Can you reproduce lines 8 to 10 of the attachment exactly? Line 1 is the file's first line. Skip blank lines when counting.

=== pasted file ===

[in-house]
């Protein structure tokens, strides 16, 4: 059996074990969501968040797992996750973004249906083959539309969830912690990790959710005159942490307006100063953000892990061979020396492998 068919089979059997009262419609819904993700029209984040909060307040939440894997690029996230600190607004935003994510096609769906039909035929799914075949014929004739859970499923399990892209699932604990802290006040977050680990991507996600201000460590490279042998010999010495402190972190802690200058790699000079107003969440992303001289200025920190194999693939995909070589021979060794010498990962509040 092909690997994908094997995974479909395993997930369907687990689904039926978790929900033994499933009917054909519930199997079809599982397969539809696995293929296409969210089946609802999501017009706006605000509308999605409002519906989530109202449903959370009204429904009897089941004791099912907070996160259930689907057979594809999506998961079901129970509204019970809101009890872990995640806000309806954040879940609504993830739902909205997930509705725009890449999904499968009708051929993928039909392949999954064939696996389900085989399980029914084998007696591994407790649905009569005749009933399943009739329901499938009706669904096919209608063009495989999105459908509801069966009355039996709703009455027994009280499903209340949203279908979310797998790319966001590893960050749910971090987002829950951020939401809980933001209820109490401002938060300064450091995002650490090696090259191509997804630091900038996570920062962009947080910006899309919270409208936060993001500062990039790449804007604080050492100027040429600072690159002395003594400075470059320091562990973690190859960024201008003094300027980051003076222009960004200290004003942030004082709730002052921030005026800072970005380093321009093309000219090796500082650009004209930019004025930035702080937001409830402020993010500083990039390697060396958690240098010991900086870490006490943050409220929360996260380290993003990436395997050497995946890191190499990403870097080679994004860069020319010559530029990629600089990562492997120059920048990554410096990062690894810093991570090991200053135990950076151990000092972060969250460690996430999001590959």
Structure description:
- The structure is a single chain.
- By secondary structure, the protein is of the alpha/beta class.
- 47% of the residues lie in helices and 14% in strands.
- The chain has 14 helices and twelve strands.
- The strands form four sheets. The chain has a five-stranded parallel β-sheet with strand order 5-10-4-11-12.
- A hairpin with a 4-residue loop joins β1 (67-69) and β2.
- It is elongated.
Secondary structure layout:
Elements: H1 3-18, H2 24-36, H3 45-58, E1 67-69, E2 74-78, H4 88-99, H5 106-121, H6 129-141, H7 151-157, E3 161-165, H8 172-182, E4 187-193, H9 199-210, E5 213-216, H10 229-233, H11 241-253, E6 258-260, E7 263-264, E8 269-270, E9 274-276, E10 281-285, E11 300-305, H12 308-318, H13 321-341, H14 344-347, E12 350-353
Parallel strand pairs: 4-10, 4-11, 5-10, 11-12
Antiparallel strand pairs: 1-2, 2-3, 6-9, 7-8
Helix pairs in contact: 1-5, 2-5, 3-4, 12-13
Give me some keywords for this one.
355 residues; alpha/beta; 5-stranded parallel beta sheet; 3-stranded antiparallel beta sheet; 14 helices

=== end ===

- The strands form four sheets. The chain has a five-stranded parallel β-sheet with strand order 5-10-4-11-12.
- A hairpin with a 4-residue loop joins β1 (67-69) and β2.
- It is elongated.